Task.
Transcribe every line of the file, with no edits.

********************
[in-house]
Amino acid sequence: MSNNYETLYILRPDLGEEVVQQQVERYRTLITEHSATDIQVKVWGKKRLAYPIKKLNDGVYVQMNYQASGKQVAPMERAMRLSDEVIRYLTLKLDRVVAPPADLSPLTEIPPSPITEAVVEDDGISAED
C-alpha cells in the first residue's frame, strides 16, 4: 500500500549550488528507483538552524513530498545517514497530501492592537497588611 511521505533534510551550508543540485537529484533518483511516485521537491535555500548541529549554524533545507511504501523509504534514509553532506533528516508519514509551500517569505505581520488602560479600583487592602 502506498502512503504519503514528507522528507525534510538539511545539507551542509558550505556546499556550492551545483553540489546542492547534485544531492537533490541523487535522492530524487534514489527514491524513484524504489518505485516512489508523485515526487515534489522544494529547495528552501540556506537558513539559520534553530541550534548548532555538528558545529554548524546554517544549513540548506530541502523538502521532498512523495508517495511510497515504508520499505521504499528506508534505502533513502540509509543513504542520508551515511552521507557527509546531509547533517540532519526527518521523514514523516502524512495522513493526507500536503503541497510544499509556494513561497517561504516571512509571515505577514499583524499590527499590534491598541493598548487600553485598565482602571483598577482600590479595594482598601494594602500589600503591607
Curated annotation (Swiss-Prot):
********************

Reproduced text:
[in-house]
Amino acid sequence: MSNNYETLYILRPDLGEEVVQQQVERYRTLITEHSATDIQVKVWGKKRLAYPIKKLNDGVYVQMNYQASGKQVAPMERAMRLSDEVIRYLTLKLDRVVAPPADLSPLTEIPPSPITEAVVEDDGISAED
C-alpha cells in the first residue's frame, strides 16, 4: 500500500549550488528507483538552524513530498545517514497530501492592537497588611 511521505533534510551550508543540485537529484533518483511516485521537491535555500548541529549554524533545507511504501523509504534514509553532506533528516508519514509551500517569505505581520488602560479600583487592602 502506498502512503504519503514528507522528507525534510538539511545539507551542509558550505556546499556550492551545483553540489546542492547534485544531492537533490541523487535522492530524487534514489527514491524513484524504489518505485516512489508523485515526487515534489522544494529547495528552501540556506537558513539559520534553530541550534548548532555538528558545529554548524546554517544549513540548506530541502523538502521532498512523495508517495511510497515504508520499505521504499528506508534505502533513502540509509543513504542520508551515511552521507557527509546531509547533517540532519526527518521523514514523516502524512495522513493526507500536503503541497510544499509556494513561497517561504516571512509571515505577514499583524499590527499590534491598541493598548487600553485598565482602571483598577482600590479595594482598601494594602500589600503591607
Curated annotation (Swiss-Prot):